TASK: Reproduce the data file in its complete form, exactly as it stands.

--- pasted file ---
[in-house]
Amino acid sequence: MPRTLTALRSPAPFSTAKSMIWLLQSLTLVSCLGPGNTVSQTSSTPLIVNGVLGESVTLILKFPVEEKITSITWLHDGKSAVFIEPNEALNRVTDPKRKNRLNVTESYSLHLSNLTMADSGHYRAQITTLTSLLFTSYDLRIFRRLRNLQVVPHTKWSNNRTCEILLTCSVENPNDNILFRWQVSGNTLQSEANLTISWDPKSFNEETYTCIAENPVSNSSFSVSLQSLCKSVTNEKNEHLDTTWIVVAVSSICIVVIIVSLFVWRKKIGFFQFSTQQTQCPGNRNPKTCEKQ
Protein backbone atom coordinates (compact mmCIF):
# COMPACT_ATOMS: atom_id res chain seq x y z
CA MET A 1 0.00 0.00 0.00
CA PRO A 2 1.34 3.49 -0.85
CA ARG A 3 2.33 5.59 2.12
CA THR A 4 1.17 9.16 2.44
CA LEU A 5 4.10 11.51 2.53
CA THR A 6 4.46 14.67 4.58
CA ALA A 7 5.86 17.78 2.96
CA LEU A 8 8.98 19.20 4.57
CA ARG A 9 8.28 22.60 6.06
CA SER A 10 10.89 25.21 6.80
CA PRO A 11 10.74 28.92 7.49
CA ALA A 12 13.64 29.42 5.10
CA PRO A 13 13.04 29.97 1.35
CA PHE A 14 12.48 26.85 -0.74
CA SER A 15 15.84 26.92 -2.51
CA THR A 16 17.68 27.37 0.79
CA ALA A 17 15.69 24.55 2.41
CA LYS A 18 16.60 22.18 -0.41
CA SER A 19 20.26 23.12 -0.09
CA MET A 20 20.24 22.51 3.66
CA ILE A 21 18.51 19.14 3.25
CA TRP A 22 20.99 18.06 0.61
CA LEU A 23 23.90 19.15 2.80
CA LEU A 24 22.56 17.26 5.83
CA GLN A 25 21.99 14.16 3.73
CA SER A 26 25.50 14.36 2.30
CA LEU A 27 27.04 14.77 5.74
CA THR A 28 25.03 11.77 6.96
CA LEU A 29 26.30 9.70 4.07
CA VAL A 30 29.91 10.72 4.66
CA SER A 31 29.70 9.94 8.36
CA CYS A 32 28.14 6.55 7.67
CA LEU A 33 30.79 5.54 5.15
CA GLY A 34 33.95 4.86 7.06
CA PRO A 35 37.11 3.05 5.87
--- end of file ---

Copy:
[in-house]
Amino acid sequence: MPRTLTALRSPAPFSTAKSMIWLLQSLTLVSCLGPGNTVSQTSSTPLIVNGVLGESVTLILKFPVEEKITSITWLHDGKSAVFIEPNEALNRVTDPKRKNRLNVTESYSLHLSNLTMADSGHYRAQITTLTSLLFTSYDLRIFRRLRNLQVVPHTKWSNNRTCEILLTCSVENPNDNILFRWQVSGNTLQSEANLTISWDPKSFNEETYTCIAENPVSNSSFSVSLQSLCKSVTNEKNEHLDTTWIVVAVSSICIVVIIVSLFVWRKKIGFFQFSTQQTQCPGNRNPKTCEKQ
Protein backbone atom coordinates (compact mmCIF):
# COMPACT_ATOMS: atom_id res chain seq x y z
CA MET A 1 0.00 0.00 0.00
CA PRO A 2 1.34 3.49 -0.85
CA ARG A 3 2.33 5.59 2.12
CA THR A 4 1.17 9.16 2.44
CA LEU A 5 4.10 11.51 2.53
CA THR A 6 4.46 14.67 4.58
CA ALA A 7 5.86 17.78 2.96
CA LEU A 8 8.98 19.20 4.57
CA ARG A 9 8.28 22.60 6.06
CA SER A 10 10.89 25.21 6.80
CA PRO A 11 10.74 28.92 7.49
CA ALA A 12 13.64 29.42 5.10
CA PRO A 13 13.04 29.97 1.35
CA PHE A 14 12.48 26.85 -0.74
CA SER A 15 15.84 26.92 -2.51
CA THR A 16 17.68 27.37 0.79
CA ALA A 17 15.69 24.55 2.41
CA LYS A 18 16.60 22.18 -0.41
CA SER A 19 20.26 23.12 -0.09
CA MET A 20 20.24 22.51 3.66
CA ILE A 21 18.51 19.14 3.25
CA TRP A 22 20.99 18.06 0.61
CA LEU A 23 23.90 19.15 2.80
CA LEU A 24 22.56 17.26 5.83
CA GLN A 25 21.99 14.16 3.73
CA SER A 26 25.50 14.36 2.30
CA LEU A 27 27.04 14.77 5.74
CA THR A 28 25.03 11.77 6.96
CA LEU A 29 26.30 9.70 4.07
CA VAL A 30 29.91 10.72 4.66
CA SER A 31 29.70 9.94 8.36
CA CYS A 32 28.14 6.55 7.67
CA LEU A 33 30.79 5.54 5.15
CA GLY A 34 33.95 4.86 7.06
CA PRO A 35 37.11 3.05 5.87